Anirban’s work experience at Tea Tree Gully Library

 

Anirban recently completed a two-week work experience placement at Tea Tree Gully Library. Here is his account of his time:

I am a people person. I enjoy talking with patrons and I enjoy dealing with a diverse range of people from different backgrounds and ethnicities. I enjoy giving direct support to senior management, colleagues and co-workers in a way that really makes a noticeable difference. I enjoy challenges, responsibilities, methodical as well as precise approach.

My placement at Tea Tree Gully Library has provided me with an excellent opportunity to develop professional networks with colleagues and library staff members. Over the past two weeks, staff have become familiar with my professional ability, punctuality, reliability, team skills and work ethics. I believe these connections will provide strong references in the future when the time comes to gain meaningful and sustainable employment in the library industry.

Working at the Library has given me a chance to observe how other employees operate and behave in various circumstances. For instance, verbal and non-verbal communication, writing clear business correspondence, observing office etiquette and behaviour patterns, answering telephone calls, dealing with difficult and aggressive patrons and resolving conflicts.

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This placement has been an opportunity to apply theoretical knowledge I have learned at TAFE in a professional environment. Applying skills practically has helped me to identify my biggest strengths and areas I can improve in the future. My workplace supervisors have given me the necessary training and induction during my placement. Customer service attendants and other specialist library staff have helped me to complete my work placement through various on-the-job training.

For instance, a WHS representative Stephen Radlett gave me the necessary training for manual handling. The Digital Hub coordinator, Julian Smith, explained vividly how to use various electronic devices for placing a hold, searching the library catalogue and how to use social media platforms for collaboration, communication and effective engagement with peers, colleagues and patrons. Overall, the preparation was insightful and equally comprehensive.

My placement has allowed me to work in different areas in the Library to see what environment suits me most. For example, dealing with children, computers and systems, collections, adult programs and community history. It is practically impossible to know where I will best fit without trying a variety of responsibilities. Moreover, the library has a wide range of patrons and staff from different cultures, ethnicities and educational backgrounds. That has made the internship even more vibrant, stimulating and insightful.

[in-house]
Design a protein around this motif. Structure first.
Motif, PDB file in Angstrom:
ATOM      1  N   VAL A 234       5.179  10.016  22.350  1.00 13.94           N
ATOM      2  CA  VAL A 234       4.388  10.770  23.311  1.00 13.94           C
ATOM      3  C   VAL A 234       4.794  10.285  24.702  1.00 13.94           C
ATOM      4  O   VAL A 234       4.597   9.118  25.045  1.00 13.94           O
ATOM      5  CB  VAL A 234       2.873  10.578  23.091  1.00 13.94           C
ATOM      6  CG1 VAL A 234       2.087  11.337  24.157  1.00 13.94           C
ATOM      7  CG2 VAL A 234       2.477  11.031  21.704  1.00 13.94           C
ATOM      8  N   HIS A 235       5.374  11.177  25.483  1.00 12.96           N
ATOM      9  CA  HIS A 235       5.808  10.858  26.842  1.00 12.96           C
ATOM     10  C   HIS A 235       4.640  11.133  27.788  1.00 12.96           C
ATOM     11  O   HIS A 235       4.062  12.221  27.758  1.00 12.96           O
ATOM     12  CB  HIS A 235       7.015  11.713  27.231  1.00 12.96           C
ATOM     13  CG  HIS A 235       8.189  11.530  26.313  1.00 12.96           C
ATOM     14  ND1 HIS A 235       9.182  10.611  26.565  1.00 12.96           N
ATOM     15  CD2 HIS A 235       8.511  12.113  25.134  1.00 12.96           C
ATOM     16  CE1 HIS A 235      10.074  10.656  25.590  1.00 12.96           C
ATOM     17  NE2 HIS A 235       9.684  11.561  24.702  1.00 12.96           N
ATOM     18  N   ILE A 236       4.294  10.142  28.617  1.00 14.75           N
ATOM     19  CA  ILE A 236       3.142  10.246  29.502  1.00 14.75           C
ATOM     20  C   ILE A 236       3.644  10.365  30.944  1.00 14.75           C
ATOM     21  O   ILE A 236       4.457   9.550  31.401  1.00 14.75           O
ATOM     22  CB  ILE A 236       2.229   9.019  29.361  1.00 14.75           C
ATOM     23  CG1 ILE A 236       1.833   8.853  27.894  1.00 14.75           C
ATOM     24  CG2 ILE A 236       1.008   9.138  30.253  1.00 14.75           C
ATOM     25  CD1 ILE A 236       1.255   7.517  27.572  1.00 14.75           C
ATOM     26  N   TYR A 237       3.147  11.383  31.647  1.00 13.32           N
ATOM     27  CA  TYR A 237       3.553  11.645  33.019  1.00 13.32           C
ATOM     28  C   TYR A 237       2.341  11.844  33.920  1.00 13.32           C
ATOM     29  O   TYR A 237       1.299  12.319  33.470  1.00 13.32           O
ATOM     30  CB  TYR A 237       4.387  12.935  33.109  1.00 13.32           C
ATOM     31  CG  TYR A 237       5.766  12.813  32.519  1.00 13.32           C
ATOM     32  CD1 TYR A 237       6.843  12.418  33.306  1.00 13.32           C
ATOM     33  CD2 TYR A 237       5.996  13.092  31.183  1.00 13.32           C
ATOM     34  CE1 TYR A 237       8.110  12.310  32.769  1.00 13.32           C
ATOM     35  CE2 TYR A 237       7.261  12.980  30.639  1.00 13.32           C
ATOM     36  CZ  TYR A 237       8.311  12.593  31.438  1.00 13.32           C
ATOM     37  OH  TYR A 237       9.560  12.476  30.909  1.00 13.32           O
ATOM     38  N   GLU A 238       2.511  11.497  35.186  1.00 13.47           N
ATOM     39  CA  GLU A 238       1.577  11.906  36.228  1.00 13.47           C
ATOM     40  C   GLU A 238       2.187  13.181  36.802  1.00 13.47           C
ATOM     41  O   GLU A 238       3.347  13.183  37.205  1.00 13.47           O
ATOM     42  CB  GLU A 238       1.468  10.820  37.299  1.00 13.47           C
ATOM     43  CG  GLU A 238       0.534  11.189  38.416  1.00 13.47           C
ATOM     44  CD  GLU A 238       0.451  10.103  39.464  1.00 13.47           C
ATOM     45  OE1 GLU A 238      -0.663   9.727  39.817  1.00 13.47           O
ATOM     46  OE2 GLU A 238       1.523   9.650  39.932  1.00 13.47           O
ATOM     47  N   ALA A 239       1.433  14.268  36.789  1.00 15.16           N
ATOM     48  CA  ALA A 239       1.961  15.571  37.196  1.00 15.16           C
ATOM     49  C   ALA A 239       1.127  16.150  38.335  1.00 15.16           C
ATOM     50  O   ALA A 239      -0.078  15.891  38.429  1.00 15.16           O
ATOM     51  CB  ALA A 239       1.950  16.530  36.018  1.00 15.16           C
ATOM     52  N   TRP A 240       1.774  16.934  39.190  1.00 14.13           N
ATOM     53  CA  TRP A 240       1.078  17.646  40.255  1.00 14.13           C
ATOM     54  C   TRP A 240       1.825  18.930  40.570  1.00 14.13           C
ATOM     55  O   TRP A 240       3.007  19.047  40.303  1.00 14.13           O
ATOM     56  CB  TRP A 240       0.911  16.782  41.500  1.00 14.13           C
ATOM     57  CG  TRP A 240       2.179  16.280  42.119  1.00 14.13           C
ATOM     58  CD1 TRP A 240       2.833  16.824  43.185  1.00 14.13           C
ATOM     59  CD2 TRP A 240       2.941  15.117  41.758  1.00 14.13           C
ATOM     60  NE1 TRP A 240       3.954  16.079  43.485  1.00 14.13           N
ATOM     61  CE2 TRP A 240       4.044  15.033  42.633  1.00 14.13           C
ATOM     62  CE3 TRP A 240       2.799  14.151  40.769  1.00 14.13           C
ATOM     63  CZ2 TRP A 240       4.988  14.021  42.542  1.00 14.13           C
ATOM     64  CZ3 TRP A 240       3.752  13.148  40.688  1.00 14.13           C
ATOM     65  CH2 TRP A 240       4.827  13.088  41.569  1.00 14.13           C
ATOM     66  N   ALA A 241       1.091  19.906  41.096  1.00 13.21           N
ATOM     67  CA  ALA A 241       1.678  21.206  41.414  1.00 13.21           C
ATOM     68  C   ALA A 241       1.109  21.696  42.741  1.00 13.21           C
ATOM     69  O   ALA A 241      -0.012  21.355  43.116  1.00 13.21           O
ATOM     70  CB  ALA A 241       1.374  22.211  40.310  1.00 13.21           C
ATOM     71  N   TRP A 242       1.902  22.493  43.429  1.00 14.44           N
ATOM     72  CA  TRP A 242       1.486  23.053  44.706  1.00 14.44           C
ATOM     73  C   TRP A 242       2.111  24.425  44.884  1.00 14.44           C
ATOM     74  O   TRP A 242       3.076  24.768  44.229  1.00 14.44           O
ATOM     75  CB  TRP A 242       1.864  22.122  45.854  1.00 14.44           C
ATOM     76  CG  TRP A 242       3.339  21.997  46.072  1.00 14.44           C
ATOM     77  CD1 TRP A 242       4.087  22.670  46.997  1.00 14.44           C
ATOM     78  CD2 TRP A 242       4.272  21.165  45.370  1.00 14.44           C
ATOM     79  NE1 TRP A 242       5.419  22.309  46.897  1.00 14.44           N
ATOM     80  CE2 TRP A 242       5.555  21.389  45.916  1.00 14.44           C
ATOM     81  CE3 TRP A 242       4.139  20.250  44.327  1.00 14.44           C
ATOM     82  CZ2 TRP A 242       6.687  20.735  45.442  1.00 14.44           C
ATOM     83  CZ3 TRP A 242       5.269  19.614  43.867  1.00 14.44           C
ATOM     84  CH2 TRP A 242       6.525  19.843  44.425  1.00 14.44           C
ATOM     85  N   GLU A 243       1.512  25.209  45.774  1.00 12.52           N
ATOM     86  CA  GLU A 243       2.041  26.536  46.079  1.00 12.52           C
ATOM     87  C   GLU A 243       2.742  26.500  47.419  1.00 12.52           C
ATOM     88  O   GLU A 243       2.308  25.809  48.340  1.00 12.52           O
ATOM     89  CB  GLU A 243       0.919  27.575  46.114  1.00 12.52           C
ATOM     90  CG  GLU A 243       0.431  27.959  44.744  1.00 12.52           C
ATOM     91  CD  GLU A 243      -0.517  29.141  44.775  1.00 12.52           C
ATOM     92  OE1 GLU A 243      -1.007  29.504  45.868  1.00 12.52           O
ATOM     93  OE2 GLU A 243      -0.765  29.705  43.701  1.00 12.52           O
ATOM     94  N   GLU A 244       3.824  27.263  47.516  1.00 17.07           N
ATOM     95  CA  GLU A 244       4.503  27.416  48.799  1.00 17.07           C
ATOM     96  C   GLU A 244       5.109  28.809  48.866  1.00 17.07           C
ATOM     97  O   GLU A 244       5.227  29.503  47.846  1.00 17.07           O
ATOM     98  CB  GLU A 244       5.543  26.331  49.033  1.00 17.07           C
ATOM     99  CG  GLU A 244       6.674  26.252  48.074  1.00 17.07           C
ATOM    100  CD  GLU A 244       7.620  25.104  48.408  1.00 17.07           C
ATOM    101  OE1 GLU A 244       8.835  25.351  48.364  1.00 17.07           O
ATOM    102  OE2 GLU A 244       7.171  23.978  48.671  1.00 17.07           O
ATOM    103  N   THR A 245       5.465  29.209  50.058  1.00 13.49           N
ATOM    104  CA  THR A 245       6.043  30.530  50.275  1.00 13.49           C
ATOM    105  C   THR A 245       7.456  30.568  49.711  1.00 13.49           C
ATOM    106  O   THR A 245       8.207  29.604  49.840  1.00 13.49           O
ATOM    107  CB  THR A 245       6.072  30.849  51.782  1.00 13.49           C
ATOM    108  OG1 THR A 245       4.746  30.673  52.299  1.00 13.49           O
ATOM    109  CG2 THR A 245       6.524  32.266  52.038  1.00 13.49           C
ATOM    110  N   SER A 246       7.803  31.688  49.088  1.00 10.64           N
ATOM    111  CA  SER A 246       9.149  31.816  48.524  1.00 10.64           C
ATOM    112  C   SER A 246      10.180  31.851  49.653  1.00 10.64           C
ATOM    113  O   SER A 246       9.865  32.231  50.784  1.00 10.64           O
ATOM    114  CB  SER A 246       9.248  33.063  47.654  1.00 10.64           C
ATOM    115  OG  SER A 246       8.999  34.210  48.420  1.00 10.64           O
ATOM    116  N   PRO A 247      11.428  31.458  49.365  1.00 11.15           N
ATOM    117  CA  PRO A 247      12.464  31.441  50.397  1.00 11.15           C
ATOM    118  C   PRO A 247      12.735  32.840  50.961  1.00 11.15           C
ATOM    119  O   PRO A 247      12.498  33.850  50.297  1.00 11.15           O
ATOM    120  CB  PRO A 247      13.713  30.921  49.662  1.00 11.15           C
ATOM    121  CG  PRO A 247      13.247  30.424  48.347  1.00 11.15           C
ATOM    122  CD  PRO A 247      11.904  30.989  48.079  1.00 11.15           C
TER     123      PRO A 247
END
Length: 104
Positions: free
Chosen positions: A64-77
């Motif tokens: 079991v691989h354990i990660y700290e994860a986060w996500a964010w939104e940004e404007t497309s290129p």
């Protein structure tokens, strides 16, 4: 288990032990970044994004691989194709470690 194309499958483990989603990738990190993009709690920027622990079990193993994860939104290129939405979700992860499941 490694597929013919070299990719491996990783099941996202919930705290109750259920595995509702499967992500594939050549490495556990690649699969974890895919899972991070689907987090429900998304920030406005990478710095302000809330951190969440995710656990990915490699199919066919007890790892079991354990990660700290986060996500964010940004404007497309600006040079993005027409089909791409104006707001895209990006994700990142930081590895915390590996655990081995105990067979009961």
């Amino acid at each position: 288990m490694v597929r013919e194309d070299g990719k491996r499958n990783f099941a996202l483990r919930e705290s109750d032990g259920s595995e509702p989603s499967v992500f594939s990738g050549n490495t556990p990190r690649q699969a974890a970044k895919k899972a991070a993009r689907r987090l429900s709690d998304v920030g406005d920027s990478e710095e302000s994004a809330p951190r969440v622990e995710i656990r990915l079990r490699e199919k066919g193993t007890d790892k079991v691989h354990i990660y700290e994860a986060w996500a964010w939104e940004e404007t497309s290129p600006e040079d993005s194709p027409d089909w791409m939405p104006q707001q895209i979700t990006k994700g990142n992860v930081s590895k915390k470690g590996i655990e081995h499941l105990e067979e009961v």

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Placements usually award me with some kind of compensation such as course credit or a professional recommendation. With the Tea Tree Gully Library, I have greatly admired their support, constant cooperation and desire for professional growth in their employees. I was privileged to be able to take advantage of in-house training and flexible scheduling to complete my Certificate IV in Library and Information Services.

The entire purpose of a placement is to gain new skills and apply them to real tasks. For example, during the placement I have learnt the different uses and functionalities of the SirsiDynix Library Management system, how to display an educational event and project management techniques. A placement is like a crash course of working in the real world. I am learning from hands-on experience instead of a classroom-based lesson. Whether it learning big things or little things, I have been learning constantly. In the real world of employment, learning never stops, so it has been great to start adding to my skill set while undertaking my placement as a trainee library assistant.

It is difficult to find a placement in the library industry under the current economic and political climate, especially in South Australia. Placements are all about gaining experience, making professional connections and learning new skills. They involve a lot of work, learning, observation, and involvement.  Whether it is the work I am doing or the people that surround me, there are so many different things to love about my placements.

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The successful completion of a college certificate does not necessarily provide direct entry into a career. I think of placements as career experiments to accomplish long-term educational and career objectives. I have enjoyed my placement and wish to work in the Library industry upon graduation.

Doing something I love and thoroughly enjoy is vitally important because it resembles what I want to do in the future. I felt like I hit the jackpot when I got my approval letter to complete a placement at the Tea Tree Gully Library. I have thoroughly enjoyed it.

A placement may often be perceived as an audition for a full-time job either with the same organisation or with a different organisation. My advice for future work experience students is to apply yourself to a placement as if it is a permanent engagement, or if it might turn into one. Libraries are always looking for dedicated, passionate, dynamic, and creative individuals. It is worth remembering that hard work always pays off!